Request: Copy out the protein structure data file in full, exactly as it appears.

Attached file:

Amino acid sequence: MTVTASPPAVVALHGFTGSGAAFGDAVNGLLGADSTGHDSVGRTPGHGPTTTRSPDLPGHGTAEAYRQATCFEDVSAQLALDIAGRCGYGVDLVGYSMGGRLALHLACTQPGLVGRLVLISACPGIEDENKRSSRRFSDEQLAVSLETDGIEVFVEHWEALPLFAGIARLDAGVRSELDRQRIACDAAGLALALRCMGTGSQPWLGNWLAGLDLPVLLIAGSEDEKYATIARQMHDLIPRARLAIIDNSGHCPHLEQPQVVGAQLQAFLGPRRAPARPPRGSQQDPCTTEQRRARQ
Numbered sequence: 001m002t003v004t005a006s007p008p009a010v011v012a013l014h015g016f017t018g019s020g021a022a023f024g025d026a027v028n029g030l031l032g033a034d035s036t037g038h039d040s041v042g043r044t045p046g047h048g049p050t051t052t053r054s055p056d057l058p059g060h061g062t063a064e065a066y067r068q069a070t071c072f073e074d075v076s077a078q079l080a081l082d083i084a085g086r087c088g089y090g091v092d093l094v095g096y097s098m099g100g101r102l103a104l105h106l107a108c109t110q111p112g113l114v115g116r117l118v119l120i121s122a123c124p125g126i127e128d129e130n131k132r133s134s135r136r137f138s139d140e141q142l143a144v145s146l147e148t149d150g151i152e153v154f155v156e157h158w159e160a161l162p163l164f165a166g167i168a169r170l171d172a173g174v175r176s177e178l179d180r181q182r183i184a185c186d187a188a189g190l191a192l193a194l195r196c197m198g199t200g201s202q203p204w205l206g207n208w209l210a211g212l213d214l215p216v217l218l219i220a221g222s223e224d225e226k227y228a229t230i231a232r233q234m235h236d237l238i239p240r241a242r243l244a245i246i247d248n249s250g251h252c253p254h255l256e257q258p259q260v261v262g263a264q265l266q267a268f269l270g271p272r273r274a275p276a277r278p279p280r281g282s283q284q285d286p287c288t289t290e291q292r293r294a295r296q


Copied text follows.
Amino acid sequence: MTVTASPPAVVALHGFTGSGAAFGDAVNGLLGADSTGHDSVGRTPGHGPTTTRSPDLPGHGTAEAYRQATCFEDVSAQLALDIAGRCGYGVDLVGYSMGGRLALHLACTQPGLVGRLVLISACPGIEDENKRSSRRFSDEQLAVSLETDGIEVFVEHWEALPLFAGIARLDAGVRSELDRQRIACDAAGLALALRCMGTGSQPWLGNWLAGLDLPVLLIAGSEDEKYATIARQMHDLIPRARLAIIDNSGHCPHLEQPQVVGAQLQAFLGPRRAPARPPRGSQQDPCTTEQRRARQ
Numbered sequence: 001m002t003v004t005a006s007p008p009a010v011v012a013l014h015g016f017t018g019s020g021a022a023f024g025d026a027v028n029g030l031l032g033a034d035s036t037g038h039d040s041v042g043r044t045p046g047h048g049p050t051t052t053r054s055p056d057l058p059g060h061g062t063a064e065a066y067r068q069a070t071c072f073e074d075v076s077a078q079l080a081l082d083i084a085g086r087c088g089y090g091v092d093l094v095g096y097s098m099g100g101r102l103a104l105h106l107a108c109t110q111p112g113l114v115g116r117l118v119l120i121s122a123c124p125g126i127e128d129e130n131k132r133s134s135r136r137f138s139d140e141q142l143a144v145s146l147e148t149d150g151i152e153v154f155v156e157h158w159e160a161l162p163l164f165a166g167i168a169r170l171d172a173g174v175r176s177e178l179d180r181q182r183i184a185c186d187a188a189g190l191a192l193a194l195r196c197m198g199t200g201s202q203p204w205l206g207n208w209l210a211g212l213d214l215p216v217l218l219i220a221g222s223e224d225e226k227y228a229t230i231a232r233q234m235h236d237l238i239p240r241a242r243l244a245i246i247d248n249s250g251h252c253p254h255l256e257q258p259q260v261v262g263a264q265l266q267a268f269l270g271p272r273r274a275p276a277r278p279p280r281g282s283q284q285d286p287c288t289t290e291q292r293r294a295r296q